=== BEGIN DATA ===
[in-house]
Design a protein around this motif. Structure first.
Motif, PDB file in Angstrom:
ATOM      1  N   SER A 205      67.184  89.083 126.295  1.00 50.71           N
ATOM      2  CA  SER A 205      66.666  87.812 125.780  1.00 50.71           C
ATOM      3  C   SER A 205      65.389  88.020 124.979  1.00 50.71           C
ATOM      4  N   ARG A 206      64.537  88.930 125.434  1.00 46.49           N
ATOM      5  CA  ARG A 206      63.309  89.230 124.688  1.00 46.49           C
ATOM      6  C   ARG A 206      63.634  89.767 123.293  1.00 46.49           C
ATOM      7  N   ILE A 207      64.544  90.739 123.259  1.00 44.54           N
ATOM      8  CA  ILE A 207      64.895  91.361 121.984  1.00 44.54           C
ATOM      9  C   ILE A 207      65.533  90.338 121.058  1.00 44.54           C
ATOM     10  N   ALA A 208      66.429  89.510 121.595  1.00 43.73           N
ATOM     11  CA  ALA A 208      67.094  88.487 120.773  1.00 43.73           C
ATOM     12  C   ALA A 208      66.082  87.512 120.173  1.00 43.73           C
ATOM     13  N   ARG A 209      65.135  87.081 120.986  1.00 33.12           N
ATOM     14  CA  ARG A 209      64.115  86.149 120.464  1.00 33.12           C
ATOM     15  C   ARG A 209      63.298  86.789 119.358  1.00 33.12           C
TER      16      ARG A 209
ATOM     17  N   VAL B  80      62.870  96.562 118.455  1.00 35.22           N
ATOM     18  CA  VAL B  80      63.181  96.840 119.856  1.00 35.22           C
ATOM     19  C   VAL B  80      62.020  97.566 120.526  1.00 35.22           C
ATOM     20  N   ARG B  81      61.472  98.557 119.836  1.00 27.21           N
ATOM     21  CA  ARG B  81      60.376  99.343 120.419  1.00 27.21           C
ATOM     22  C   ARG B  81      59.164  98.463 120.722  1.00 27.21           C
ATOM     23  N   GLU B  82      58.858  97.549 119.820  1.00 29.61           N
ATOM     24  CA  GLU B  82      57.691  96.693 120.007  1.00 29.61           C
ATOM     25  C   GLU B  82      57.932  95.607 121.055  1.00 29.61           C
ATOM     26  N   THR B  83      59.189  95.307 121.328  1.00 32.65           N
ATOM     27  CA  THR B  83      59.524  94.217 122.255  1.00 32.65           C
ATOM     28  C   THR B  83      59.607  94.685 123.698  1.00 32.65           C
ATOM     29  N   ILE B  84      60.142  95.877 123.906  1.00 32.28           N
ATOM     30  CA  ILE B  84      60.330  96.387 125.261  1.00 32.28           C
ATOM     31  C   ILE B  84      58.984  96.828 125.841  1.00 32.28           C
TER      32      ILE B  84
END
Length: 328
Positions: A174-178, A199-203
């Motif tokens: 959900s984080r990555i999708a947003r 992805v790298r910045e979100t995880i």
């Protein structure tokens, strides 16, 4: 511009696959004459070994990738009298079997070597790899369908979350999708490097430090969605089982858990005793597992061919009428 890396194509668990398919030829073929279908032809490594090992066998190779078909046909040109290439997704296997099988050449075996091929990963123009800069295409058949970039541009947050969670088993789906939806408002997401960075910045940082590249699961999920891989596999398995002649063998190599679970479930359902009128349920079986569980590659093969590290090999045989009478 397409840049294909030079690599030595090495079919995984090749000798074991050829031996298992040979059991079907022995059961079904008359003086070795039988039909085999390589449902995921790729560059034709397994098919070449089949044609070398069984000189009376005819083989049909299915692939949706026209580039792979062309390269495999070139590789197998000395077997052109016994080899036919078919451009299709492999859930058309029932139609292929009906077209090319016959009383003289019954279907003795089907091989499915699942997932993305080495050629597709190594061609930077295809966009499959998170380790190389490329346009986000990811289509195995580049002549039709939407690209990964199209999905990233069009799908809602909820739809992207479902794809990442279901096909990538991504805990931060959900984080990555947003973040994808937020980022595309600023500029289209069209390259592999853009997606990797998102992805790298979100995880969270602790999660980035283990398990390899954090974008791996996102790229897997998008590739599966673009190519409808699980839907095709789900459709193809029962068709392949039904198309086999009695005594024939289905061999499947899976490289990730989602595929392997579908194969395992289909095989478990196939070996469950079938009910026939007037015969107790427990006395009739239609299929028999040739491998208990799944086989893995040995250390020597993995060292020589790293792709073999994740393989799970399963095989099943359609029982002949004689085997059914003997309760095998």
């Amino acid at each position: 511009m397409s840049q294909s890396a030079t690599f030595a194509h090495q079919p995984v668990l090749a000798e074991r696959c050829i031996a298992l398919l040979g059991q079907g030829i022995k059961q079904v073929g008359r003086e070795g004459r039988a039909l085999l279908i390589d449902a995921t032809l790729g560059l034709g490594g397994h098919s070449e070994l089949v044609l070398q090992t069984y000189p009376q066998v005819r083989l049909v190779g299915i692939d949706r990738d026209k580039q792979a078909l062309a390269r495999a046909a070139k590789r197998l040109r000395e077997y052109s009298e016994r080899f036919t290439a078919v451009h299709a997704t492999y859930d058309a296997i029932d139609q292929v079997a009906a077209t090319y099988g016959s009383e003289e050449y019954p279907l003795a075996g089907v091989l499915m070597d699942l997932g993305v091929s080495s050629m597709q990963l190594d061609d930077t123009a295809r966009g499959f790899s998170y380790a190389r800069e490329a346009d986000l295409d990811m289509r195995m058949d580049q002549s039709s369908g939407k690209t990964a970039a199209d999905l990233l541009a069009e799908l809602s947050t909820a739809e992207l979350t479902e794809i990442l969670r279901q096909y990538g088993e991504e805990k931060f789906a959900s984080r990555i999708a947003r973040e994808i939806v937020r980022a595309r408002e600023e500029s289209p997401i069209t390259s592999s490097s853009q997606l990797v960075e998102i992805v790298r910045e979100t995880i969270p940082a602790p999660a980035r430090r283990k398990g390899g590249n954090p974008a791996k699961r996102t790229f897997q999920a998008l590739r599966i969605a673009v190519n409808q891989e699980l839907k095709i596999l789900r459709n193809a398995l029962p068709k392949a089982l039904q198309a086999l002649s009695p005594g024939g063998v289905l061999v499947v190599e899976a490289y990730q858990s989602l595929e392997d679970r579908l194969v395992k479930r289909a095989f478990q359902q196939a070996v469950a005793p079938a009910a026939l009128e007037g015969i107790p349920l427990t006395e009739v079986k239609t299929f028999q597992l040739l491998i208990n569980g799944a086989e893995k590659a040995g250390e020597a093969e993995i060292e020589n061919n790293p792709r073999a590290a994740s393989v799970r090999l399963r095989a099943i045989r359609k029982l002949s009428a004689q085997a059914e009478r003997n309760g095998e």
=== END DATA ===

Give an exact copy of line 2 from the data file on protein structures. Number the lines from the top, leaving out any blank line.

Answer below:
Design a protein around this motif. Structure first.